Posted by: westlancashirerecord | April 15, 2018

Cllr O’Toole Predisposed Not To Be Determined?

To comment on planning is not being judicial or quasi-judicial, but some councillors who ought to know better give the impression it is. Apparently at a recent meeting in Halsall , LCC/WLBC Cllr O’Toole is quoted as stating “Finally I must mention concerns over planning applications which may result in fracking in parts of West Lancashire. I have deliberately not commented on this subject other than to say that I will take serious note of the residents’ concerns. I am not a member of the Development Control Committee at County Hall and have no vote on that Committee”.

And for WLBC he apparently claimed “I am however the Conservative lead member on WLBC Planning Committee and in that respect again I will take heed of residents’ concerns within my Council Ward. To declare my intentions prior to the matter coming to Committee would be considered to be as prior determination and would be an extremely foolish thing to do as it would mean that I would need to declare an interest and not take part in the debate or subsequent vote which would in turn mean I would not be able to speak on behalf of my residents”.

How depressing it is to read that this elected member of both local authorities holds such views. It is by now well known that law  exists that assists members’ understanding of the common law rules on bias and predetermination which apply in addition to requirements under the code of conduct to declare pecuniary and non-pecuniary interests.

These rules are particularly relevant to regulatory decisions made by Planning Committees. The law on bias and predetermination is part of the legal obligation on public authorities to act fairly. This requires those taking decisions on behalf of the public to do so (and be seen to do so) in a manner which is fair in all the circumstances and is untainted by any issue or perception of personal or extraneous interest. The test for bias and predetermination was set by the court in the case of Porter–v-Magill in 2001 and is whether a fair-minded and informed observer, having considered the facts, would conclude that there was a real possibility of bias. The test is to be applied having regard to all material facts and circumstances. However, the Courts have recognised that as democratically elected representatives, councillors will inevitably have predispositions on matters of policy. It is therefore entirely lawful for councillors to have a predisposition and this will only become unlawful predetermination if the decision-taker closes their mind to any other possibility beyond the predisposition. Predetermination has therefore been defined as occurring when a member has fixed views on a matter and retains a closed mind when it comes to making a determination.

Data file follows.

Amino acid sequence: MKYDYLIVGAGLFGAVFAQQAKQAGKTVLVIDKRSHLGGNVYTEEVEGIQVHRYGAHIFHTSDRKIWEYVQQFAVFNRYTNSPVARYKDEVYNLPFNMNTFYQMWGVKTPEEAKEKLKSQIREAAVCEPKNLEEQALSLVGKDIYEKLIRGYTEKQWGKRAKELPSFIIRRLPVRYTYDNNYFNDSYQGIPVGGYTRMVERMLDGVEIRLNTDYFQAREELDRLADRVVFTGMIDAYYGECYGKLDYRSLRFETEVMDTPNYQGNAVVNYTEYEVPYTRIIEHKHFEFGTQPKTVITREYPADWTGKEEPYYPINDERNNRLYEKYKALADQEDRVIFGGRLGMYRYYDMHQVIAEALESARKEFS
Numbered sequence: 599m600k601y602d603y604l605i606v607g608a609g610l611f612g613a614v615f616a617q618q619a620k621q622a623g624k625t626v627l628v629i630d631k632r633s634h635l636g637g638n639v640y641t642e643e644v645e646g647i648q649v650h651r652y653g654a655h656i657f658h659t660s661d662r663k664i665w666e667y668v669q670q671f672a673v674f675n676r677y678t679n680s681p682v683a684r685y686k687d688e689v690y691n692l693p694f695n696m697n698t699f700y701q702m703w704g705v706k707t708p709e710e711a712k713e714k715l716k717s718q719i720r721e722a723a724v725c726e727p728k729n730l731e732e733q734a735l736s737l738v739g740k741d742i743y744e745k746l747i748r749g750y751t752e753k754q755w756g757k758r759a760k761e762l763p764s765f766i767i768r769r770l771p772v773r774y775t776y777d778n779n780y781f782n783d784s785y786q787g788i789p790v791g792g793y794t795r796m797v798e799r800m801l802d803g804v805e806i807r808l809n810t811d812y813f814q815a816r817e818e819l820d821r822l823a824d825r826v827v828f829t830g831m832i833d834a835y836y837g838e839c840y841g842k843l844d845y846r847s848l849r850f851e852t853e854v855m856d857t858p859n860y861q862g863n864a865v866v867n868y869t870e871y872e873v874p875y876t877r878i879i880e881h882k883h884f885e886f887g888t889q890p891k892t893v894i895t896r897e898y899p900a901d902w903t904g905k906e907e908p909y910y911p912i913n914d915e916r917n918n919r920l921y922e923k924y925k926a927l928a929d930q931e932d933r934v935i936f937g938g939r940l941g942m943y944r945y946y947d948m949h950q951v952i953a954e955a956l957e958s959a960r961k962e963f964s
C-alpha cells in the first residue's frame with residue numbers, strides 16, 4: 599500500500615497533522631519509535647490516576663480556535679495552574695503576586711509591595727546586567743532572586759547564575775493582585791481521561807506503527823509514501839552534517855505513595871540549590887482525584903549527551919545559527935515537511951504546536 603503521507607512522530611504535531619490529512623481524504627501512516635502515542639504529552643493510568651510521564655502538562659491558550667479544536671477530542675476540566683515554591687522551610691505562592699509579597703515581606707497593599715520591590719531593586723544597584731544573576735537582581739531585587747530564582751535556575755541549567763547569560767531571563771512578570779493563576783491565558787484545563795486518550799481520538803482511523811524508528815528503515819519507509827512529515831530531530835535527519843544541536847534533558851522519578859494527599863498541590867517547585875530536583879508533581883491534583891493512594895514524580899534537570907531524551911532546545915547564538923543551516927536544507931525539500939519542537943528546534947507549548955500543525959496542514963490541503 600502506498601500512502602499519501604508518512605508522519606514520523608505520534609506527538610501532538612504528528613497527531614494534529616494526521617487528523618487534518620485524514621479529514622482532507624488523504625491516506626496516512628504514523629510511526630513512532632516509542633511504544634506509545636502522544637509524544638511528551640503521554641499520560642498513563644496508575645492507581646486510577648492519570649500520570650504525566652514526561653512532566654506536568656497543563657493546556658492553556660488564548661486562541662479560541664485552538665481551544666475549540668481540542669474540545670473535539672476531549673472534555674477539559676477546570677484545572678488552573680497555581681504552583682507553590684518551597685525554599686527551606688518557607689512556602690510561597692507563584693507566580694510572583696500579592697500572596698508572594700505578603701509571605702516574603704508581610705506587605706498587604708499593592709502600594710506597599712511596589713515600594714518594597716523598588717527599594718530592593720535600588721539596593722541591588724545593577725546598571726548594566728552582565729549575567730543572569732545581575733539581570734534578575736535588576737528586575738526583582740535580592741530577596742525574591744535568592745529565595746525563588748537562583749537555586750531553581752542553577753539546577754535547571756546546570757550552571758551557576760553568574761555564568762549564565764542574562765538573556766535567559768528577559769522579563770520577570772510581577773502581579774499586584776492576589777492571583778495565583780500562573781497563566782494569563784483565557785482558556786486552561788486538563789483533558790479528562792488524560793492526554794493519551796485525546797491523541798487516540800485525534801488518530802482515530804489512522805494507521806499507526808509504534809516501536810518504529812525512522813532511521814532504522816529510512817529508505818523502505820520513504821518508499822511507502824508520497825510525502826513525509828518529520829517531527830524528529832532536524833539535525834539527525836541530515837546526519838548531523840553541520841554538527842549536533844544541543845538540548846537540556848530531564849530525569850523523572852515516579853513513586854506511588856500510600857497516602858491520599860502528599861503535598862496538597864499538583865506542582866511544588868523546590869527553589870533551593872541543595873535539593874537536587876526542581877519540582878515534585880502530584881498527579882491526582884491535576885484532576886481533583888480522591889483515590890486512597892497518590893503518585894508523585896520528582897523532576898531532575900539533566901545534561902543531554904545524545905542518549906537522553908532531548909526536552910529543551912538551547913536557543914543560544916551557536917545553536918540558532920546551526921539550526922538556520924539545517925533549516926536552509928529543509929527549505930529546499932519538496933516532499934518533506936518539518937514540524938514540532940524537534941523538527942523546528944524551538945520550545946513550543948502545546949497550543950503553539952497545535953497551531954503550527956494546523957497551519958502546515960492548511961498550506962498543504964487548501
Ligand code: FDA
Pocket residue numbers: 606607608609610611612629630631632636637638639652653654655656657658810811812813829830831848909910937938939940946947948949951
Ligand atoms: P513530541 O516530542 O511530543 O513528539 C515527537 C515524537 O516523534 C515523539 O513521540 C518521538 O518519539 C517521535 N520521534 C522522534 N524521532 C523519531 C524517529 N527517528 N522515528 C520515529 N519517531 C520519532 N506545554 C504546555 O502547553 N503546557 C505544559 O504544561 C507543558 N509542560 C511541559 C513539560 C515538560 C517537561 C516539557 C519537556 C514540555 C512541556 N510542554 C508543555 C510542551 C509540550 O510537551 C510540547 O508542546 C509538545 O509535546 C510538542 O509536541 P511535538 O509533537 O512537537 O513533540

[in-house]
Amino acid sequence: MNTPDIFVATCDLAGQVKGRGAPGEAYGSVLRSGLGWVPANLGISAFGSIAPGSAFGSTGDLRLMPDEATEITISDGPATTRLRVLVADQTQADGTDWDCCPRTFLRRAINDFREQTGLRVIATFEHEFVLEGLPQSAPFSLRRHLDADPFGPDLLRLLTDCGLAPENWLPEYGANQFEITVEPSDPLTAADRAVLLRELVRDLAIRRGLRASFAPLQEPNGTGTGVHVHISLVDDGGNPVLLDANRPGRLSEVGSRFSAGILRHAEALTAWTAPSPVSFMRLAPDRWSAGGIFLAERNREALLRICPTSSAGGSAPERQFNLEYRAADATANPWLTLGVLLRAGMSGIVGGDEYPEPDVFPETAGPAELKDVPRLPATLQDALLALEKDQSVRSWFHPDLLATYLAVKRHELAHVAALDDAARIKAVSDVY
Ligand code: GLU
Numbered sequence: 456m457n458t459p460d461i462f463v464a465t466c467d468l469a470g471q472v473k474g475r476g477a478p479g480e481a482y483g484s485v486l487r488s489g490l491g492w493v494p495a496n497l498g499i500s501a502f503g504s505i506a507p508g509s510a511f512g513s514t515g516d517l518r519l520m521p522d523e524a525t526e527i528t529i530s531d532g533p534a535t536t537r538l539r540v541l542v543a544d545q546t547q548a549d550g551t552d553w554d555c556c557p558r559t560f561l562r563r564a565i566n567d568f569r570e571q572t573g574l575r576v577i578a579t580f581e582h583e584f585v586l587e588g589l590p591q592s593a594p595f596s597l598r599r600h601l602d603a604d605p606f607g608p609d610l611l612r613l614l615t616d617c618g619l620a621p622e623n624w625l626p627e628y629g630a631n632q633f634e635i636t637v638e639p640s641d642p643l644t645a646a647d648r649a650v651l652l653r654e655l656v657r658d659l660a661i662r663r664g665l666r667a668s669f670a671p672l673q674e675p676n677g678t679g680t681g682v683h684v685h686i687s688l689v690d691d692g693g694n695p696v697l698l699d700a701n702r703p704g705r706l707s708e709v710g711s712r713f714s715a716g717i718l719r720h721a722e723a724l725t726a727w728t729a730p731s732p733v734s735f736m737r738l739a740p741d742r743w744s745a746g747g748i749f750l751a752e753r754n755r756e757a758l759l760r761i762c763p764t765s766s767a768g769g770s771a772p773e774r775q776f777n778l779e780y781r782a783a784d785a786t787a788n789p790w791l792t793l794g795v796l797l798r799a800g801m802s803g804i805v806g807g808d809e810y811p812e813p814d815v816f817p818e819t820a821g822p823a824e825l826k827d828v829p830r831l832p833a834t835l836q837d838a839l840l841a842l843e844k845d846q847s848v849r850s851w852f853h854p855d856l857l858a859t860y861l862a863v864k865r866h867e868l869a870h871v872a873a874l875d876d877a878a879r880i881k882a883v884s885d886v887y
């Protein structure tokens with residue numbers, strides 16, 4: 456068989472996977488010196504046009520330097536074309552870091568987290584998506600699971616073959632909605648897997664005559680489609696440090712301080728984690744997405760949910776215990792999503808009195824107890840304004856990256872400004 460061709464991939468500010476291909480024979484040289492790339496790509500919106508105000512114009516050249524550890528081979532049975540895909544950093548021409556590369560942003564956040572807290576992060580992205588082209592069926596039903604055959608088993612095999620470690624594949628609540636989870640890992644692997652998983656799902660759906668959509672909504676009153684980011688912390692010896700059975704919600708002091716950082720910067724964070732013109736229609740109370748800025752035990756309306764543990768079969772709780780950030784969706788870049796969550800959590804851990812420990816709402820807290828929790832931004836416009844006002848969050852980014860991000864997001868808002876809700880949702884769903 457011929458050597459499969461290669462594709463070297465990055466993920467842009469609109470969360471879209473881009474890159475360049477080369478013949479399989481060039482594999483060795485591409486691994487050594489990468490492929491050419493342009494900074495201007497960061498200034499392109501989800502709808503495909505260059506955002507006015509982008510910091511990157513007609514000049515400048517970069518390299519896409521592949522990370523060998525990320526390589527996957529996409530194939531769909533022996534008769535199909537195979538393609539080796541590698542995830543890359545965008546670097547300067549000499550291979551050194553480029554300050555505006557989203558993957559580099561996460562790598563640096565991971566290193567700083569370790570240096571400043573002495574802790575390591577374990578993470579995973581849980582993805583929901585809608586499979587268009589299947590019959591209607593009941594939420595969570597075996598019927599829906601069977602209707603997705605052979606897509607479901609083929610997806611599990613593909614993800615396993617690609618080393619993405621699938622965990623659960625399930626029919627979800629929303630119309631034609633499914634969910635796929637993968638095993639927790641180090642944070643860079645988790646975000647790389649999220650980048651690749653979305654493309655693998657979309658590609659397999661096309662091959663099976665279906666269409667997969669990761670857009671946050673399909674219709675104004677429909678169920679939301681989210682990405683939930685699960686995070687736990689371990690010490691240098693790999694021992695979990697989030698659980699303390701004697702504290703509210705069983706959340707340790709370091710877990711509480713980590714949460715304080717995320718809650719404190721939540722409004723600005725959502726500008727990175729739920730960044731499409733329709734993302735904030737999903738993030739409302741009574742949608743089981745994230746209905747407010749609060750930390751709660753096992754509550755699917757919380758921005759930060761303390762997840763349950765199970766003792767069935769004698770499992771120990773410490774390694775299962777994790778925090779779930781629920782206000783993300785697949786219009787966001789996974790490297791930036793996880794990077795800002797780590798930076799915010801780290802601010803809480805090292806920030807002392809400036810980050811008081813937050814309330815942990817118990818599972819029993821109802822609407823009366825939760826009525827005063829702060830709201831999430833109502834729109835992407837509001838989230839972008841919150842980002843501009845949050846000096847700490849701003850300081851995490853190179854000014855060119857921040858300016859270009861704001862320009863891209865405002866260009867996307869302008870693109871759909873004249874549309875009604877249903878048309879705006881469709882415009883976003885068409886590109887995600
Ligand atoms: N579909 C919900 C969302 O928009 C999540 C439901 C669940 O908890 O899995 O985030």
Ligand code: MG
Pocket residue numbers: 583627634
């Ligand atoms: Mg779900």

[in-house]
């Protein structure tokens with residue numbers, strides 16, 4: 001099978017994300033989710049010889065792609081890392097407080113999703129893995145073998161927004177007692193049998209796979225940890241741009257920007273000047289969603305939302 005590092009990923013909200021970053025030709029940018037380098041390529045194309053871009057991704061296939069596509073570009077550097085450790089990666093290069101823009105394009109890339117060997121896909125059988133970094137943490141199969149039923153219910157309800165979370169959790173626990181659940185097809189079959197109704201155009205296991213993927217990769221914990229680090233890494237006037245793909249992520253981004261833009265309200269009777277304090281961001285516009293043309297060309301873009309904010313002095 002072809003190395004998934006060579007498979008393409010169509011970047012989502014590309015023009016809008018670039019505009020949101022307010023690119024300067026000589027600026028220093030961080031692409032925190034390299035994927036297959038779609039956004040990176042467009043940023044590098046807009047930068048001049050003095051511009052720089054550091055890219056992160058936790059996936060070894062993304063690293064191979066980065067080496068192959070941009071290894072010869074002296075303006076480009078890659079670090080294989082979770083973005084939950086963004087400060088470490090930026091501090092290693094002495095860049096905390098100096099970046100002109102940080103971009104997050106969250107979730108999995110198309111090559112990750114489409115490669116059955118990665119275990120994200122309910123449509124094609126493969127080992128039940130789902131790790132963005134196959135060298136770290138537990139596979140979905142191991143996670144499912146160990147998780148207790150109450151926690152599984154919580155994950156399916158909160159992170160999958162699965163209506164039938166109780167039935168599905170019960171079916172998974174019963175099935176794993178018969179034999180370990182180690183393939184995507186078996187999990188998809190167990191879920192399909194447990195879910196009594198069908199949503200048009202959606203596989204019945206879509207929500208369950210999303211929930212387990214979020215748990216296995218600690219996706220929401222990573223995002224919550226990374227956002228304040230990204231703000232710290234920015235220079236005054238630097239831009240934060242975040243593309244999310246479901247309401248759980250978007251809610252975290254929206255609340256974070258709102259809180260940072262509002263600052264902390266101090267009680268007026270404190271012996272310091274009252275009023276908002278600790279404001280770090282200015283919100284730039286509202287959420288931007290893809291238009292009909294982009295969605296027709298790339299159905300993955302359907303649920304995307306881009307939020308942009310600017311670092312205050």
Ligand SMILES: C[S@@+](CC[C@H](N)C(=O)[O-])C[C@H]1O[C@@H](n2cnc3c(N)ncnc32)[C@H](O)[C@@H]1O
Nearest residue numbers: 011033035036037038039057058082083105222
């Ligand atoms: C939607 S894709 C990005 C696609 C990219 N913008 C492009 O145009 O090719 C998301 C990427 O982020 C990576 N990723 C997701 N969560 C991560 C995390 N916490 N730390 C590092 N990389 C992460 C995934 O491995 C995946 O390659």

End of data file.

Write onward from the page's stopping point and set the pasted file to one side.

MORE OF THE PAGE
Did O’Toole ever indicate holding a worthwhile view, let alone a closed mind biased view, on fracking, which is a divisive issue in West Lancashire? None that is apparent to the electorate of Aughton & Downholland, many of whom face the threat of it. He scores 0/10 for his knowledge of bias. And for not apparently seeking his right to use the Borough Solicitor as his source of how to represent his short-changed electorate to save him making a balls of it?


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